205RE: [TalkAntietam] Re: US Civil War Factbook
- Jun 11, 2001Not to entirely rehash this ever-so-familiar topic, but a couple of points:
1. You carefully explain all the reasons Mac had for not attacking on the
18th, yet state that he intended on attacking anyway. Huh?
2. Why did the reasons for not attacking on the 18th not apply to the 17th
From: James Rose [mailto:eodrose@...]
Sent: Monday, June 11, 2001 2:19 PM
Subject: Re: [TalkAntietam] Re: US Civil War Factbook
Perhaps saying "everyone" was a bit strong, but overall that is my
impression of how most people judge McClellan's actions during the
Maryland campaign. The seize on their vision of what might have been,
and lose sight of what McClellan did accomplish.
As to the specifics of your question (which was phrased quite
differently than I normally see it), I agree that it would have been
worth a try. That is speaking from the position of hindsight, and
knowing what I know, attacking on the 18th probably would have been a
good idea. While admitting that attacking might have been the best
course of action, that does not mean that I believe what McClellan did
do was wrong. I think that Harsh goes into the best detail of how the
situation looked to McClellan after the battle in TATF (Murfin does
little more than try to show that McClellan was little more than a
whinny boy, and Sears is not much better).
Looking at the situation on the evening of the 17th as it appeared to
McClellan his decision is not unreasonable. In the first place
McClellan did intend to attack on the 18th, but circumstances delayed it
for 24 hours. McClellan was unaware of his advantage in manpower. All
of the intelligence reports put the ANV at having a 25% advantage in
men, and nothing that happened during the 17th could have changed that
opinion downward. The AotP was repulsed at every point with 25-33%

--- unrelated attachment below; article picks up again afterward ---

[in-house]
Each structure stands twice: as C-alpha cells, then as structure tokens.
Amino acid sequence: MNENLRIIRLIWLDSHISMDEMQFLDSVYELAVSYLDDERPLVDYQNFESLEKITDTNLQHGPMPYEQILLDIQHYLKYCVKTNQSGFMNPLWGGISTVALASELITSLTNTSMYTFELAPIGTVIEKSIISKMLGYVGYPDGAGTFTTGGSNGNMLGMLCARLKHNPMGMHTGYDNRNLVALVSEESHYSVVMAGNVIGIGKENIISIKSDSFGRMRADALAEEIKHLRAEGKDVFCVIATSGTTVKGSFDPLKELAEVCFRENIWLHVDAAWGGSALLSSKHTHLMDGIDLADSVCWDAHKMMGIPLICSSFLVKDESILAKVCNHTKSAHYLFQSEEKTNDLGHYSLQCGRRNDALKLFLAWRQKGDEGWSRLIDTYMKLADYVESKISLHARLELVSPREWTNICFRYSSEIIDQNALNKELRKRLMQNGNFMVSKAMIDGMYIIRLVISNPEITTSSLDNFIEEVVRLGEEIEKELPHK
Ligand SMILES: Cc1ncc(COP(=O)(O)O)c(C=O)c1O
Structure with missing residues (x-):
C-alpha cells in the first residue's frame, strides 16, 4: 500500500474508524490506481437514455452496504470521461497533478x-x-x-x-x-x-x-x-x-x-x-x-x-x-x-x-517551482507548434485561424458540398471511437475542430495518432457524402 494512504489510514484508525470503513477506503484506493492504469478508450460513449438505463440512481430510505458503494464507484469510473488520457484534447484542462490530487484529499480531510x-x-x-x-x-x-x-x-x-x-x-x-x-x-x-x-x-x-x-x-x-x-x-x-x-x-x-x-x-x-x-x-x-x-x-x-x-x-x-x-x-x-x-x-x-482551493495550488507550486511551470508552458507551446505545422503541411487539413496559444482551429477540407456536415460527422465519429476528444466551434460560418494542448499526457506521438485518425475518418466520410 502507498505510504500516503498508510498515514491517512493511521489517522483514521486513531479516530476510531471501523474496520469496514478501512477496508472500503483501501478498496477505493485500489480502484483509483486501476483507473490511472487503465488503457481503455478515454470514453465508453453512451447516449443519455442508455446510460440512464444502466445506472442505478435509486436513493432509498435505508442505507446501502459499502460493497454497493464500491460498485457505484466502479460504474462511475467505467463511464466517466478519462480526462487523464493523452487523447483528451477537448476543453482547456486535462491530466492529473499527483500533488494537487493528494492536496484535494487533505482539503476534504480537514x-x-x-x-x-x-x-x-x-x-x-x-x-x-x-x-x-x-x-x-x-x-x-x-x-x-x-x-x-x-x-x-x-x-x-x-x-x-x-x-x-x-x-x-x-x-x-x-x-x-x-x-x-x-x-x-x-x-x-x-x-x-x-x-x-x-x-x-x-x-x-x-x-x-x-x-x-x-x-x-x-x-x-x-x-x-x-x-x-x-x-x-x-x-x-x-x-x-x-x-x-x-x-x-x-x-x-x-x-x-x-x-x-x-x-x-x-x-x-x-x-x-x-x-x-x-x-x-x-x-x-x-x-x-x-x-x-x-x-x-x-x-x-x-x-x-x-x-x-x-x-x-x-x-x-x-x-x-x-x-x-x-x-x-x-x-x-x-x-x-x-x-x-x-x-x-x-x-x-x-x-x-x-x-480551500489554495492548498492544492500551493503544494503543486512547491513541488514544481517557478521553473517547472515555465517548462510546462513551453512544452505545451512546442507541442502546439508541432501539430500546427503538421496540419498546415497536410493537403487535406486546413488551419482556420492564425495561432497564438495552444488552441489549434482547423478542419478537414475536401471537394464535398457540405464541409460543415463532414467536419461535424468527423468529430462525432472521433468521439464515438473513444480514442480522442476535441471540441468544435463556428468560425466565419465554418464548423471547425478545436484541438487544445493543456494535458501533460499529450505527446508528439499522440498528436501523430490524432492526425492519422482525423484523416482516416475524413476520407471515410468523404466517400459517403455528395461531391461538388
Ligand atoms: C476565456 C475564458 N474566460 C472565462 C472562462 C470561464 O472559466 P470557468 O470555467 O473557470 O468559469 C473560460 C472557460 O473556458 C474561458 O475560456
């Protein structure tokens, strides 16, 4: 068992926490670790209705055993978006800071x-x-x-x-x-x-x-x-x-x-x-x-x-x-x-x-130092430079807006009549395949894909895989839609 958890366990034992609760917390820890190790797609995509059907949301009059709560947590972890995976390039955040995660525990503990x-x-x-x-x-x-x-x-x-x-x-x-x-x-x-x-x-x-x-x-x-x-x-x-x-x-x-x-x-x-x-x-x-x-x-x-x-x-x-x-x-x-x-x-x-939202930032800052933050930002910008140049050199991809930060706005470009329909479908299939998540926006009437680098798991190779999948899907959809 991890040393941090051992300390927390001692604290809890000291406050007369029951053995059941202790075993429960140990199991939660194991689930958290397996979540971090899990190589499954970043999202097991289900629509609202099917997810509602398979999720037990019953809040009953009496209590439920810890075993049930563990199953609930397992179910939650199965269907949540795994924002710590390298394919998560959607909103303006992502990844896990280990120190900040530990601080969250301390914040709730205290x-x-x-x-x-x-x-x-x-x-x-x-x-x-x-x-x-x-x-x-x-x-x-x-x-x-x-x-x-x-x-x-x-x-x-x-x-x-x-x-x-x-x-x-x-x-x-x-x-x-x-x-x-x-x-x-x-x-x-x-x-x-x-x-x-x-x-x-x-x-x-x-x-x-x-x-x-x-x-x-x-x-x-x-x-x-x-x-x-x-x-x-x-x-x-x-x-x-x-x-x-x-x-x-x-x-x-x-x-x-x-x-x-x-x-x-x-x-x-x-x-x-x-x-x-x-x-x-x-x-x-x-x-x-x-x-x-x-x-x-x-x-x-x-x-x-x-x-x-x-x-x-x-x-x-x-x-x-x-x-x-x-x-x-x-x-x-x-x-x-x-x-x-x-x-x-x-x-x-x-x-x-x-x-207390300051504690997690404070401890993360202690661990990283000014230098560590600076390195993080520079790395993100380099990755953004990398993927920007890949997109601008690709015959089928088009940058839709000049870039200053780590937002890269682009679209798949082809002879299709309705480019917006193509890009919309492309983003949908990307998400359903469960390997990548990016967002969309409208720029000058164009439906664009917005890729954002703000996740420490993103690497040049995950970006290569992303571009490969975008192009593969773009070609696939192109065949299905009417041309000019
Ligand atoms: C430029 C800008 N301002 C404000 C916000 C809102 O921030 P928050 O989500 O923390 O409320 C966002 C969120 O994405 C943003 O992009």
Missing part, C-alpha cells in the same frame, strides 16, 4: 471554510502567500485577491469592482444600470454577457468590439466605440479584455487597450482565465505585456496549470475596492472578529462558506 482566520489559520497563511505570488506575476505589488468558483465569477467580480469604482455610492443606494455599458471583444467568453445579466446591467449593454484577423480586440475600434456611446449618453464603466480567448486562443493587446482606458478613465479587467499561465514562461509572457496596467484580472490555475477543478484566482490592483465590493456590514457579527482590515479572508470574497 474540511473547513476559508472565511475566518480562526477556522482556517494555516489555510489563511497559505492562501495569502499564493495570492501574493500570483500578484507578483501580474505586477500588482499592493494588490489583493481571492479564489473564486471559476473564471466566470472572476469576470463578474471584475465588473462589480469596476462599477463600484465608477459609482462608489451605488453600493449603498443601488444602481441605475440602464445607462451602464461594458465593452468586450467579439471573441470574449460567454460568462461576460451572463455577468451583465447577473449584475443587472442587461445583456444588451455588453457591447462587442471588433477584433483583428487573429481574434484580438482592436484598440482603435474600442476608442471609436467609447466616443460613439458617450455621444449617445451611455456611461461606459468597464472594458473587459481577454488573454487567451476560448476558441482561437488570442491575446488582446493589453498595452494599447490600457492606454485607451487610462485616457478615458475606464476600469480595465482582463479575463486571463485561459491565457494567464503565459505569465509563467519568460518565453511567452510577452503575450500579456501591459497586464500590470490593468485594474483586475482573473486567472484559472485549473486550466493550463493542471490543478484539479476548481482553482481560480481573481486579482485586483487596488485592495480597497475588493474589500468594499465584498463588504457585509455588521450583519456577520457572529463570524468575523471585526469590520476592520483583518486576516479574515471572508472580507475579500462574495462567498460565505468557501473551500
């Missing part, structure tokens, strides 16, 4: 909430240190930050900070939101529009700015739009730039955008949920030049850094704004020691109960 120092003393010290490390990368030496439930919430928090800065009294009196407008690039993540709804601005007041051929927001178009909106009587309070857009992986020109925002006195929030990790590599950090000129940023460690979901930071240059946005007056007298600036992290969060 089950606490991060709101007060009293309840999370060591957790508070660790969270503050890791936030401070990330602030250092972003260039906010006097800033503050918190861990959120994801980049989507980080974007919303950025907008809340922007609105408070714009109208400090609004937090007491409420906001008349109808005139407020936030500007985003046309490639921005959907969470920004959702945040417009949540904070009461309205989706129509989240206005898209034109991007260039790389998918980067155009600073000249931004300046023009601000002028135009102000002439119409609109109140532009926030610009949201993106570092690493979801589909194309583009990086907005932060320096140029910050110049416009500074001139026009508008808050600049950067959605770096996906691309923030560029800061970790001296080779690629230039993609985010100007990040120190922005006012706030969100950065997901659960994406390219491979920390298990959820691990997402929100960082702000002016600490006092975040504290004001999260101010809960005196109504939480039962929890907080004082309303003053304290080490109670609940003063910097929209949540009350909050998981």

losses (it was worse among the green troops). The ANV's line was never
broken fully open anywhere. The ANV was "wacked", but so was the AotP.
Any attack on the 18th could only be done with the Fifth and Sixth
corps'. The other corps' were unable to conduct offensive operations
(at least that is what the corps' commanders told McClellan). Of those
two corps' around 25% of the men had less than one month in service.
Then there is the ammo situation. Small arms ammo was critically short,
and the AotP was completely out of Parrot ammo. Because of the
destruction of the B&O bridge the AotP would not be resupplied until the
evening of the 18th. Finally any attack would again give Lee the
advantage of defense. At best I don't see how McClellan could have
believed that any attack on the 18th would be more than a toss up as to
who would win.
So the question becomes: should McClellan have taken that gamble and
attacked on the 18th? Considering what McClellan believe his duty to be
I would say that he was unjustified in taking the gamble that it
appeared to be. McClellan's first duty was the protection of
Washington, and the second was to end the invasion of Maryland (down
around the end of the list is the destruction of the ANV). By standing
fast on the 18th, and preparing to attack on the 19th McClellan served
both those duties. Lee had three options. He could attack, stand, or
leave. McClellan was ready for any counterattack, he would attack on
the 19th if Lee stood, and the only place for Lee to go was back to
Virginia. On the other hand if McClellan had attacked and lost, then
Lee might have been able to revive his invasion (unlikely in hindsight
no matter the outcome of the battle). That would mean a failure of both
the primary and secondary missions. Quite simply if McClellan had
attacked on the 18th he would have risked everything for the possibility
of gaining relatively little.
Jeff Beckner (PWC Magazine) wrote:
> I don't think everyone believes McClellan would "automatically" destroyLee.
> But with an advantage in manpower, and facing an opponent that had beenwas
> whacked pretty good the day before (and Mac should know this, since _he_
> whacked pretty thoroughly too), and with his back against a river andYour use of Yahoo! Groups is subject to http://docs.yahoo.com/info/terms/
> nothing but catastrophe awaiting him should the day go against him, was it
> _at least_ worth a try?
> I would think even you would have to consider that as a valid choice.
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